Large scale VMware vSAN operations raises the need for easier and faster monitoring. With many and large vSAN clusters, monitoring and troubleshooting become more challenging. To illustrate, let’s take a single vSAN cluster with the following setup:
Here are some of the questions you want to ask in day to day operations:
- Is any of the ESXi running high CPU utilization?
- Is any of the ESXi running high Memory utilization?
- Is any of the NIC running high utilization?
- With 4 NIC per ESXi, you have 40 TX + 40 RX metrics.
- Is vSAN vmkernel network congested?
- Is the Read Cache used?
- Is the Write Buffer sufficient?
- Is the Cache Tier performing fast?
- Each disk has 4 metrics: Read Cache Read Latency, Read Cache Write Latency, Write Buffer Write Latency, Write Buffer Read Latency
- Since there are 20 disks, you need to check 80 counters
- Is the Capacity Disks performing fast?
- Check both Read and Write latency.
- Total 120 x 2 = 240 counters.
- Is any of the Disk Group running low on space?
- Is any of the Disk Group facing congestion?
- You want to check both the max and count the number of occurrence > 60.
- Is there outstanding IO on any of the Disk Group?
If you add them the above, you are looking at 530 metrics for this vSAN cluster. And that’s just 1 point in time. In 1 month you’re looking at 530 x 8766 = 4.6+ millions data points!
How do you monitor millions of data so you can be proactive?
vRealize Operation 6.7 sports vSAN KPIs. We collapsed each of those questions. So you only have 12 metrics to check instead of 530, without losing any insight. In fact, you get better early warning, as we hide the average. Early Warning is critical as buying hardware is more than a trip to local DIY hardware store.
The KPIs achieve this simplification by using supermetrics:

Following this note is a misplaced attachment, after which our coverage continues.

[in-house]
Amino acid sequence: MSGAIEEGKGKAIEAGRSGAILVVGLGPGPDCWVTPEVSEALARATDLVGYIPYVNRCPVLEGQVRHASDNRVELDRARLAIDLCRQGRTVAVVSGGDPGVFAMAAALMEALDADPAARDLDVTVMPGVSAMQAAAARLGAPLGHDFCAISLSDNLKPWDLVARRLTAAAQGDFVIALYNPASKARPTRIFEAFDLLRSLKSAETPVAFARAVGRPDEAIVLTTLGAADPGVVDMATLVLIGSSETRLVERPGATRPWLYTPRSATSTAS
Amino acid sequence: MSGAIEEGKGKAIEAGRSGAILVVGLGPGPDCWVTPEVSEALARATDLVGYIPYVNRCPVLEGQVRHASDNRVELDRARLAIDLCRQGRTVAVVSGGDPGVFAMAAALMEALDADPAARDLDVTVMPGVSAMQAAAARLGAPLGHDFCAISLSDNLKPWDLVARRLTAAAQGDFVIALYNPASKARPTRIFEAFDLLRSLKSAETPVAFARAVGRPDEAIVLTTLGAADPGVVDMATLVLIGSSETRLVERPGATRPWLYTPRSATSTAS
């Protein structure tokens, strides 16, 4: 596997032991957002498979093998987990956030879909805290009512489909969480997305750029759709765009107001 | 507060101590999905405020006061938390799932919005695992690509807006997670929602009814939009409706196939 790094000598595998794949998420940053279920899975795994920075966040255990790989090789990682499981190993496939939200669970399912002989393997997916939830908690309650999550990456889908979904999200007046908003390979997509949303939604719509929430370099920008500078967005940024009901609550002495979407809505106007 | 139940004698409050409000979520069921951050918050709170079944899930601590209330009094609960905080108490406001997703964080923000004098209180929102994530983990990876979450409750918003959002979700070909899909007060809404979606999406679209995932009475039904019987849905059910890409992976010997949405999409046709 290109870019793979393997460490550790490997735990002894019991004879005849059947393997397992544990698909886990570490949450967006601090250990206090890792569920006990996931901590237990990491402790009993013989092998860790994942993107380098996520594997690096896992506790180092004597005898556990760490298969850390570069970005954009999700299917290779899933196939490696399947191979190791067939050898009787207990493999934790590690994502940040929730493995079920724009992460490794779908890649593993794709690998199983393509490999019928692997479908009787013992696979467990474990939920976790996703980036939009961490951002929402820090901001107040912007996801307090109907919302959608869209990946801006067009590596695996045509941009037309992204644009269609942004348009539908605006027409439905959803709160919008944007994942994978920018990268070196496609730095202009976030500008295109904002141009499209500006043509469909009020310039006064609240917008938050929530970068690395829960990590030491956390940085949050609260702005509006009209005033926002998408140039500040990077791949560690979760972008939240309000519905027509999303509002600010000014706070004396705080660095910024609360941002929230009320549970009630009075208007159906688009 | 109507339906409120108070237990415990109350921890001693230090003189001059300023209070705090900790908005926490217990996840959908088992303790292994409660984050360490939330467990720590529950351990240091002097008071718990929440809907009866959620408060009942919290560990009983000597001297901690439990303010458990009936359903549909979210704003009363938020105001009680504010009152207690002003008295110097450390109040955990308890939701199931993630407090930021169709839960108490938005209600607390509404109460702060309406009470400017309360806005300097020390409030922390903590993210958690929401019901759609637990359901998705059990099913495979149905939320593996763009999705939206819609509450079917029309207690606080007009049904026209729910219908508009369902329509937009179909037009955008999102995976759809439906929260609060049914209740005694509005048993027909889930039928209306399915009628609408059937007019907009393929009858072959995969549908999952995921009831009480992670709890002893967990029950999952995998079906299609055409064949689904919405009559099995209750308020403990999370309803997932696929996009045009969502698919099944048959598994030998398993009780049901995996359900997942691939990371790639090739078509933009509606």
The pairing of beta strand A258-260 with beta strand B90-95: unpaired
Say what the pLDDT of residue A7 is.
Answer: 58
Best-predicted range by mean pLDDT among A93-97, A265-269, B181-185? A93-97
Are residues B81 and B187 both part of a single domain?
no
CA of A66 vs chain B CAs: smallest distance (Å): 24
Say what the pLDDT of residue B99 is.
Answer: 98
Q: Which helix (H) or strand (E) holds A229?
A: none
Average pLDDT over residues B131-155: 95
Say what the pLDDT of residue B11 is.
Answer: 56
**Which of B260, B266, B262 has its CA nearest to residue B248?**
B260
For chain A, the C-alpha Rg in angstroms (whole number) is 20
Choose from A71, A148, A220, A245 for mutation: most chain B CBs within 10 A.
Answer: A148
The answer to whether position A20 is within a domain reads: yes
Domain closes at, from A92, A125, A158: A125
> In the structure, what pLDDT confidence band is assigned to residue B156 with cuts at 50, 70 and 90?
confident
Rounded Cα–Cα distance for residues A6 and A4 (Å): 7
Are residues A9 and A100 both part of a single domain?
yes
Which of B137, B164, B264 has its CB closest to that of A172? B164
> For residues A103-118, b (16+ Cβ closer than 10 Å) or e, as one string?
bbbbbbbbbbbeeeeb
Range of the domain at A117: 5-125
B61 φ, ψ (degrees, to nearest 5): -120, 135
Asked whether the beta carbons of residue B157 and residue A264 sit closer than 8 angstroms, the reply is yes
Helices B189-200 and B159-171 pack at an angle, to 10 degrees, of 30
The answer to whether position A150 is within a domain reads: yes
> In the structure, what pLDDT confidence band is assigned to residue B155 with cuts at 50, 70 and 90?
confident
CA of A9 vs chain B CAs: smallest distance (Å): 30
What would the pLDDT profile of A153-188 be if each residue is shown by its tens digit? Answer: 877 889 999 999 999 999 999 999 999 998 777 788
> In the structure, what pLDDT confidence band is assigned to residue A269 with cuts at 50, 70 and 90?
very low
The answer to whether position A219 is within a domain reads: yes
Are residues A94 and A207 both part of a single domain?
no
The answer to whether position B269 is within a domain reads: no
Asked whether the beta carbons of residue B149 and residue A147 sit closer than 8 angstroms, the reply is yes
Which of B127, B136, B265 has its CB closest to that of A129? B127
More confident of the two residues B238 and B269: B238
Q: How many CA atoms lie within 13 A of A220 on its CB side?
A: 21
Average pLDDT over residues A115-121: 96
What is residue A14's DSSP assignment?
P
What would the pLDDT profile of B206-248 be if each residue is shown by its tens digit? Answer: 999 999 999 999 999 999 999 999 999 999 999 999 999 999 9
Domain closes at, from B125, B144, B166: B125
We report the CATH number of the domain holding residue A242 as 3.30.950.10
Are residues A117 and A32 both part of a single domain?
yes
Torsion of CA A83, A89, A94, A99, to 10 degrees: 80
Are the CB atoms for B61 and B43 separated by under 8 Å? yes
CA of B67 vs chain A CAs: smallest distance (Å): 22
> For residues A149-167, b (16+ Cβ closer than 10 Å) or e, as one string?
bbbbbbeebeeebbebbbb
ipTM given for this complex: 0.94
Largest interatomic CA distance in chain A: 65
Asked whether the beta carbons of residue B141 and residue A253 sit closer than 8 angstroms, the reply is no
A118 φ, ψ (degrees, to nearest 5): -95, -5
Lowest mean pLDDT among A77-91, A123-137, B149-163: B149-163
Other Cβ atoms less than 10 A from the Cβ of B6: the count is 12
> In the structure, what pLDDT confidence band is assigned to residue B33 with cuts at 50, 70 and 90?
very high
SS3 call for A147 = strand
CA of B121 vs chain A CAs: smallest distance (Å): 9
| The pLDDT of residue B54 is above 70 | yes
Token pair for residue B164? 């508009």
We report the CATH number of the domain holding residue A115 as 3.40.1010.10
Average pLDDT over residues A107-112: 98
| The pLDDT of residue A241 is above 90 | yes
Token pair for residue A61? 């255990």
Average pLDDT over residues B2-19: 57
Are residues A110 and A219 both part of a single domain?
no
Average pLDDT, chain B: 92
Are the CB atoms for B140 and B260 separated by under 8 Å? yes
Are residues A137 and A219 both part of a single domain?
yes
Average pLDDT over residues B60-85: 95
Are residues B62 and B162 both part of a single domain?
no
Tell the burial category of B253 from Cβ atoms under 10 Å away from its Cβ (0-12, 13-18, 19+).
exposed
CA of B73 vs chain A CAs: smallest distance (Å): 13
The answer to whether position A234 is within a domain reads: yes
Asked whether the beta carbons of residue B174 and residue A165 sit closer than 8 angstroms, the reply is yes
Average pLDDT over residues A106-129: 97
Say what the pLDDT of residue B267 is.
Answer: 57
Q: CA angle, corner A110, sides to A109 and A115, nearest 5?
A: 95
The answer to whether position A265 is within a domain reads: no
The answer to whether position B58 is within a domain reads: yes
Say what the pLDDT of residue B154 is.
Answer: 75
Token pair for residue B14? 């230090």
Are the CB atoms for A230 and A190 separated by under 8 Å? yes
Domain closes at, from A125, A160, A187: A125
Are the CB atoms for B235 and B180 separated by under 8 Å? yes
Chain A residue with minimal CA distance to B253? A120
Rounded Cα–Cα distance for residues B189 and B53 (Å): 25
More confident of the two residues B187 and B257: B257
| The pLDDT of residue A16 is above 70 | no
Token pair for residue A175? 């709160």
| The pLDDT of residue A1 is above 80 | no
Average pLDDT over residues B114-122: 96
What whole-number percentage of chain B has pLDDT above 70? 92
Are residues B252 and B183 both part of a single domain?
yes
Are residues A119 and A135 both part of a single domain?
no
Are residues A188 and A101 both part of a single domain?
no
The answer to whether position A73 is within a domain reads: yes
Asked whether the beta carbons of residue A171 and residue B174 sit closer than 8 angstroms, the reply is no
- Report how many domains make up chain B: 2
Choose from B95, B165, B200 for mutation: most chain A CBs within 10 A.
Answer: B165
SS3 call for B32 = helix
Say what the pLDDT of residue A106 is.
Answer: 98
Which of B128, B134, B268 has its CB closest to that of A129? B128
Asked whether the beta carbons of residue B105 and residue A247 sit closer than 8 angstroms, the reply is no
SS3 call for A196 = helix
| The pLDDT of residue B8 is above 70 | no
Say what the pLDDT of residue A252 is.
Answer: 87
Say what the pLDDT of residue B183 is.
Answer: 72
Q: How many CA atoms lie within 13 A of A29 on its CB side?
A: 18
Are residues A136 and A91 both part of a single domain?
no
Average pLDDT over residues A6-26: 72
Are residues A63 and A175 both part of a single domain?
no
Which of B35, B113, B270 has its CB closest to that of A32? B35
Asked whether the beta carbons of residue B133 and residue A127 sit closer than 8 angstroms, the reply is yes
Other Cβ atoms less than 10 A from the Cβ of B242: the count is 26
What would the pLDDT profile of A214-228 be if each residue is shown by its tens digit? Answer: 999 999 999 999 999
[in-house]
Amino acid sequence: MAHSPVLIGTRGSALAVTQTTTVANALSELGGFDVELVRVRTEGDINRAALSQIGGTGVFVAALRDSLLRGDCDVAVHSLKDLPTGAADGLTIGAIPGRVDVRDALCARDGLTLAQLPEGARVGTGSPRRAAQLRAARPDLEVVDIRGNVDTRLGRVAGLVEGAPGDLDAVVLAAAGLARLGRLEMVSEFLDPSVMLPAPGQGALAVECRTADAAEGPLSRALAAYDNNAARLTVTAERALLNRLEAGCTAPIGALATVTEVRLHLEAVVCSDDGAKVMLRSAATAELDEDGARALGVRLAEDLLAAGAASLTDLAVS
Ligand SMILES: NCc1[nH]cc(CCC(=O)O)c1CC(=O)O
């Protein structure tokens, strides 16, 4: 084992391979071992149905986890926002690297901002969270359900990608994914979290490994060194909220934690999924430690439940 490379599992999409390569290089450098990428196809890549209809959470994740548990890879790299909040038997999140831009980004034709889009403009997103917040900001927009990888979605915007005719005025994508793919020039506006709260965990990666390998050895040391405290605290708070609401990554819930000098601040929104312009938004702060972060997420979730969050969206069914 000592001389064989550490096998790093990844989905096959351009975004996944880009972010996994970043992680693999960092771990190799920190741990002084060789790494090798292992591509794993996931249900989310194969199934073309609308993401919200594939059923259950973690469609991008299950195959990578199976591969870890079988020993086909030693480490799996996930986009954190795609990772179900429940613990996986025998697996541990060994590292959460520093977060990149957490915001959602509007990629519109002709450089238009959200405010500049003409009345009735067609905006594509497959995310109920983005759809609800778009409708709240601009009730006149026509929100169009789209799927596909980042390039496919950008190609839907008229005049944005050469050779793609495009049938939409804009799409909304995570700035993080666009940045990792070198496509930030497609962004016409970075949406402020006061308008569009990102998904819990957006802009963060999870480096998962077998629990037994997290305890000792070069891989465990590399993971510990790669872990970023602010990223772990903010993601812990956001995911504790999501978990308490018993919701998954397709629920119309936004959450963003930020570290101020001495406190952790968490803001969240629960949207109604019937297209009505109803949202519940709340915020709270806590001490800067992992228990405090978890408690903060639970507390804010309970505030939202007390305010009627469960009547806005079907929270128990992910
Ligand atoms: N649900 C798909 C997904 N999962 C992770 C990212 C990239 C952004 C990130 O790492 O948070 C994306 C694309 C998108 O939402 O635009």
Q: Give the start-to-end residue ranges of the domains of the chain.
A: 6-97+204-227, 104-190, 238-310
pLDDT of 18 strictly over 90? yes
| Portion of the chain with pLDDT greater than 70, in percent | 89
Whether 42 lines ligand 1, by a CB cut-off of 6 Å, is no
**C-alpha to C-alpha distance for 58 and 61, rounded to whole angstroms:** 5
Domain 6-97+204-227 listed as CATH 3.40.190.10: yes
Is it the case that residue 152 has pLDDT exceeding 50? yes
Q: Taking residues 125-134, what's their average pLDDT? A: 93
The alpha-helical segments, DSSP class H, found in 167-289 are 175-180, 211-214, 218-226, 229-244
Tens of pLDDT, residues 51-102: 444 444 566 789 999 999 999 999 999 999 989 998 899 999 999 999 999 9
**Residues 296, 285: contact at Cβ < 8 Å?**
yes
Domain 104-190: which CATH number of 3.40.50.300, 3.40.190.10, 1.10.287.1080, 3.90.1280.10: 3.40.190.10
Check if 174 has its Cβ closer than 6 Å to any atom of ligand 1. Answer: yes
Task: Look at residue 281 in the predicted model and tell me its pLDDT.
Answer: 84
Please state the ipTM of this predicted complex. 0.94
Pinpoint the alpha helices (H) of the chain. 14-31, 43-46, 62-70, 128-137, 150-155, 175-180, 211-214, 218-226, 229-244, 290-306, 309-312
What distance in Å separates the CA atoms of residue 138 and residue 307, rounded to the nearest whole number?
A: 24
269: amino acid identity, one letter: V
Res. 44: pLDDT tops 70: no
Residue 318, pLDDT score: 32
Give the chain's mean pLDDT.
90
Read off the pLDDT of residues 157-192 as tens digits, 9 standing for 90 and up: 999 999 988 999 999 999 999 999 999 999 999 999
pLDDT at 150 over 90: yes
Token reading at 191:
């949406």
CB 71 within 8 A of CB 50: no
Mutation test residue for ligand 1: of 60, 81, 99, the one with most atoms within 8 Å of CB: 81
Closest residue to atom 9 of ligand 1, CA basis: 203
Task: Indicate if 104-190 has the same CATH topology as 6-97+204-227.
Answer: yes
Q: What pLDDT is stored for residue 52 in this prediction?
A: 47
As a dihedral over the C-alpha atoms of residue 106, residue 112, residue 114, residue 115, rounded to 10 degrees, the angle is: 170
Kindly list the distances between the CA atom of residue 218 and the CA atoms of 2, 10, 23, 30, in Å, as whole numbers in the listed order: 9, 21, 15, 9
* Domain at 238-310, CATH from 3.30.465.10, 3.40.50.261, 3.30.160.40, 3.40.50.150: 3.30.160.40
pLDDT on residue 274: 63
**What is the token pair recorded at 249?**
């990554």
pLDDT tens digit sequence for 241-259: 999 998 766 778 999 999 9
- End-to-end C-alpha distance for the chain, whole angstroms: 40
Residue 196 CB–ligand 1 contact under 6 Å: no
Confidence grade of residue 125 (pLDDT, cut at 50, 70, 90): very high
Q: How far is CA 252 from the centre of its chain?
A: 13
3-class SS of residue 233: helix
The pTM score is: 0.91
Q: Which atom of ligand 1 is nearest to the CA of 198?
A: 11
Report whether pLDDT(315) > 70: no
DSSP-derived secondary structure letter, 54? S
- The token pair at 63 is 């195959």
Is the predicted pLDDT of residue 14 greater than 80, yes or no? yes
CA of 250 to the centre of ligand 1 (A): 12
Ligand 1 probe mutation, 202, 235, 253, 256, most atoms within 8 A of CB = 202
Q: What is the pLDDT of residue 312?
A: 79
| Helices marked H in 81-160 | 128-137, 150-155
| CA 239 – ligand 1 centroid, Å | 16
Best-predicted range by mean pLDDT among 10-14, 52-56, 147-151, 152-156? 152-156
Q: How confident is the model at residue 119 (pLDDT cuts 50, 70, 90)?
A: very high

Using Min, Max, Count, it picks the early warning.
The KPI has been a hit with customers. But it falls short when you have many vSAN clusters. If you have say 25 hybrid clusters and 25 All Flash clusters, you need to check 50 clusters. While you can click 50x, what you want is to see all 50 at the same time.
This means we need to aggregate the metrics further. There should only be 1 and only 1 metric per cluster.
The challenge is the KPI has different units and scale. How do we normalize them into Green, Yellow, Orange and Red?
We do it by defining a normalization table. We need 1 table for All Flash and 1 for Hybrid, as they have different KPI and threshold. Here is the table for All Flash:
I’m including Utilization even though it does not impact performance. ESXi running at 99% is not slower than ESXi running at 1%, so long there is no contention or latency. The reason is convenience, as it’s hard to monitor when there are >1 counter. You need to bring it down to 1 counter.
I’m setting CPU Ready, CPU Co-Stop and RAM Contention at low numbers, so we can catch early warning. You can adjust after you import.
Here is the table for Hybrid. It has Read Cache Hit Rate (%)
Once you have the table, you can map into threshold.
vSAN Performance is the average of all these. We are not taking the worst to prevent 1 value from keeping it red all the time. If you take the worst, the value will likely remain constant. That’s not good, as pattern is important in monitoring. The relative movement can be more important than the absolute value.
You implement the above using super metric. Yup, heaps of them 🙂
Hope you find it useful. I will share how the above is implemented in future post.